Summer, a Boy and a Diving Board

Boy Jumps off Diving Board, Austin, Texas

Jumping into Summer

At a nearby community swimming pool, my son enjoys his jump into the pool off the diving board. Also a nice place to test out my new 70-200 zoom lens. Hey, I get to take my son to the pool and take photographs–an unbeatable combination. Just in case you were wondering, I didn’t just take photographs, I also got in the pool and played with him and had a great old-time. I also brought along a new Sony TX5 point and shoot camera that is waterproof. It was great fun taking photos underwater and even taking 720p video. I’ll have to post a review on the camera after giving it more of a work out.

My Thought Process

I used my 70-200 lens because I wanted a nice shallow depth of field, where the subject is in sharp focus but the background is nicely blurred. The zoom allowed me to keep away from the pool’s edge and still get up close. I took a bunch of images of my son in the pool and on the diving board. His jumps from the diving board seemed more interesting and I did capture many mid-air jumps. However, these images were not very exciting photographically. I decided to change my point of view and shoot from the back of the diving board. I noticed the handrails of the diving board and decided to center the frame between the handrails. Then I took a bunch of frames to get the best “running” feel.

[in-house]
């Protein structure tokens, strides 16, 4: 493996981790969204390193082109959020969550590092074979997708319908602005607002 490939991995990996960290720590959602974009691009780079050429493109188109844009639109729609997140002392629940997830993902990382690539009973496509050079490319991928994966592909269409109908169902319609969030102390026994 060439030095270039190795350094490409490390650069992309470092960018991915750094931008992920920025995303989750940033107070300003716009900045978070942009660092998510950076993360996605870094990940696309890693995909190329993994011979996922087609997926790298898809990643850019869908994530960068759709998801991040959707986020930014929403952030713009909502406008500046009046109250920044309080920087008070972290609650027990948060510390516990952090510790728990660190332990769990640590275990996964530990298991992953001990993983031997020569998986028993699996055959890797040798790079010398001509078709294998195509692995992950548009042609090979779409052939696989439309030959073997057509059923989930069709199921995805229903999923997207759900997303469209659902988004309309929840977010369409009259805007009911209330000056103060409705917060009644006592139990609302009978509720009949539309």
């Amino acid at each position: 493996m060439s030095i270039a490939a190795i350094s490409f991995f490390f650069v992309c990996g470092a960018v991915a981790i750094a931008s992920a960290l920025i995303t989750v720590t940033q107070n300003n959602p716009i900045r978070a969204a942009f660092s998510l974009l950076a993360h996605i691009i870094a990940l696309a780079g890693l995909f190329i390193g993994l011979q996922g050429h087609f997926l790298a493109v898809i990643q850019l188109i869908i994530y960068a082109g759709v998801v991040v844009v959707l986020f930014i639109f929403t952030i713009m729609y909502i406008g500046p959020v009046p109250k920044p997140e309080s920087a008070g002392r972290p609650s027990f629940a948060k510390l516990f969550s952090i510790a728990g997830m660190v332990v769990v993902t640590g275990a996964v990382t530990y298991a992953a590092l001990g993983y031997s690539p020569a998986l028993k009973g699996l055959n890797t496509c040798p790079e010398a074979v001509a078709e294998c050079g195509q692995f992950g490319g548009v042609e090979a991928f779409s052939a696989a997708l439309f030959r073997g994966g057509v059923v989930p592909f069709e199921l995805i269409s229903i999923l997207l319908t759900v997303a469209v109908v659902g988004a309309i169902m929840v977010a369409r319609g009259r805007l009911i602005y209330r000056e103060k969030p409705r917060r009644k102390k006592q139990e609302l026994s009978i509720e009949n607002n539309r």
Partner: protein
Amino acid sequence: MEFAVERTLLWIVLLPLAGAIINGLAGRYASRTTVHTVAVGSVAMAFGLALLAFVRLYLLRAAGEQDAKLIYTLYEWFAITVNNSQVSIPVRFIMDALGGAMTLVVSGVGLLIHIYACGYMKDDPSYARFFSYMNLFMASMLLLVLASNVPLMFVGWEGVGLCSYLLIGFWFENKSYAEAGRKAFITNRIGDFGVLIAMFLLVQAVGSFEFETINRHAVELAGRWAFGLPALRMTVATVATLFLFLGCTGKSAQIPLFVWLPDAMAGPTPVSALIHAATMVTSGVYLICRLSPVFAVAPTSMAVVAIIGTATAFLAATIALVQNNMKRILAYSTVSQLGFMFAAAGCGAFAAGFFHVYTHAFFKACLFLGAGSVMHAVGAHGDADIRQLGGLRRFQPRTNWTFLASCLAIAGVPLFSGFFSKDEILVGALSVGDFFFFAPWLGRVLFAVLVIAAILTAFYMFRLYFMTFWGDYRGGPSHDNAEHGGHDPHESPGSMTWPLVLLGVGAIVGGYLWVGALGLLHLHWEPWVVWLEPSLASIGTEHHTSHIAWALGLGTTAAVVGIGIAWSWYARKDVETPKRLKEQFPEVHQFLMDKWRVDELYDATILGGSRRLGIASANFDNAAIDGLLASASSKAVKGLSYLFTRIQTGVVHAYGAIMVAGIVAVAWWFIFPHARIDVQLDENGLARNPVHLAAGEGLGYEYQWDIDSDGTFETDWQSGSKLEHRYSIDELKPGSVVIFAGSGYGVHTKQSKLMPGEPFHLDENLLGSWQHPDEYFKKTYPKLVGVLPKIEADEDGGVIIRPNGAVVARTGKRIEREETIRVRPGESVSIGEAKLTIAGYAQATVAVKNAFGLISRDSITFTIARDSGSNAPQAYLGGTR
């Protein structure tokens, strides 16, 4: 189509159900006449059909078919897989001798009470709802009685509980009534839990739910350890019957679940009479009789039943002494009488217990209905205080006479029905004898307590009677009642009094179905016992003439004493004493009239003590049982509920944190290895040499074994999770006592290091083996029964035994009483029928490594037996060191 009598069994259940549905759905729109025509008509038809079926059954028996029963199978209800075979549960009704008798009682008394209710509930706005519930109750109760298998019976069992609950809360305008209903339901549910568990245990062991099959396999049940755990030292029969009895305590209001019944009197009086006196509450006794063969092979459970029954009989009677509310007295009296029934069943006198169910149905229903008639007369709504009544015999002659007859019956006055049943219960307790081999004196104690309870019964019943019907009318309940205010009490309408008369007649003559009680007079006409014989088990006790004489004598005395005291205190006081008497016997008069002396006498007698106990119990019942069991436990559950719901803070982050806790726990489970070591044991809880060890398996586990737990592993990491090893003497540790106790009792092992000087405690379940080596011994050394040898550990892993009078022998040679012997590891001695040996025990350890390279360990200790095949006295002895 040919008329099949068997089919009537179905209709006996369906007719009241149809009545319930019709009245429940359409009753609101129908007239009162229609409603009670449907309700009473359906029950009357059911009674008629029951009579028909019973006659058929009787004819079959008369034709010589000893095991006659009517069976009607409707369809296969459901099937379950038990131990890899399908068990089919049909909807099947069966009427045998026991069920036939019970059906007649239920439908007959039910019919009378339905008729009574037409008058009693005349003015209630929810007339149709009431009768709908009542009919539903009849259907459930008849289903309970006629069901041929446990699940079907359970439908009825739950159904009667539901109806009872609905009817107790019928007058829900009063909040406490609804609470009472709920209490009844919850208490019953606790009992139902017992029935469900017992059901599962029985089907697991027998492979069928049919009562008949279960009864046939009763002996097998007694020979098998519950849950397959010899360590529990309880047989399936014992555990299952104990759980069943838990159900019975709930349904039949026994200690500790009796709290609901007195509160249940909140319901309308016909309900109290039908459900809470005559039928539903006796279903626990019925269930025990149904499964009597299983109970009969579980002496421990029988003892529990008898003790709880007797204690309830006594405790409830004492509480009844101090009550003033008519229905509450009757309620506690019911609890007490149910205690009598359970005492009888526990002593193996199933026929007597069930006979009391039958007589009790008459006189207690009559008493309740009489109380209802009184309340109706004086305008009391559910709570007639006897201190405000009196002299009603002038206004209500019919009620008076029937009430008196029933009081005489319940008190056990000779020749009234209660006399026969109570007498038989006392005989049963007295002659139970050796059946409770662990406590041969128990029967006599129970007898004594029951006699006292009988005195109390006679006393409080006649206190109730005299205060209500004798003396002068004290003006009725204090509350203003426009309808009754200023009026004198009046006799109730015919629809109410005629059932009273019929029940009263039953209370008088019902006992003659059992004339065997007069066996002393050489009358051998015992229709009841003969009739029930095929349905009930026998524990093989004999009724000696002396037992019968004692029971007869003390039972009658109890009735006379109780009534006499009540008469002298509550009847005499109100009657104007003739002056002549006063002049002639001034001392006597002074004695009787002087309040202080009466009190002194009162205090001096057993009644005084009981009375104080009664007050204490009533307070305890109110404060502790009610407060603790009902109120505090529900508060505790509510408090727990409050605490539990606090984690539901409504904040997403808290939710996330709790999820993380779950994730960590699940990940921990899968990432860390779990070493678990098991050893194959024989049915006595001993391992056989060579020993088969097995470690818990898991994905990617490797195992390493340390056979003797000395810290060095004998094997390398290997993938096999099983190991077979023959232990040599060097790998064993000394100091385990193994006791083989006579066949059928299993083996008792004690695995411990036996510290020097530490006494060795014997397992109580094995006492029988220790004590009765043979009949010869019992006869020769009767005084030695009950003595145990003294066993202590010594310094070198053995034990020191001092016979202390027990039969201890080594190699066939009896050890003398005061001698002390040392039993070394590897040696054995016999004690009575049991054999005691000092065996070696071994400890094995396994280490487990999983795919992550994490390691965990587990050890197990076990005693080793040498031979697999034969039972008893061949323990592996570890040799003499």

Image Details

The image was taken with a Canon 7D and Canon 70-200 f4L IS at 70mm, F4, 1/1250 seconds at ISO 200 with 0 exposure compensation. Taken as a 18MP RAW.

Post processing in Apple’s Aperture 3 program included some sharpening, warming up the color balance, increased color saturation and added some vignette. I burned (made darker) the diving board to since it was a bit bright. Finally I cropped the image to perfectly fit within the handlebars.

3 thoughts on “Summer, a Boy and a Diving Board

  1. There is an excellent sense of movement in this image from both the rails and your sons movement. It really pushes the viewer’s eye to the center and toward the action.

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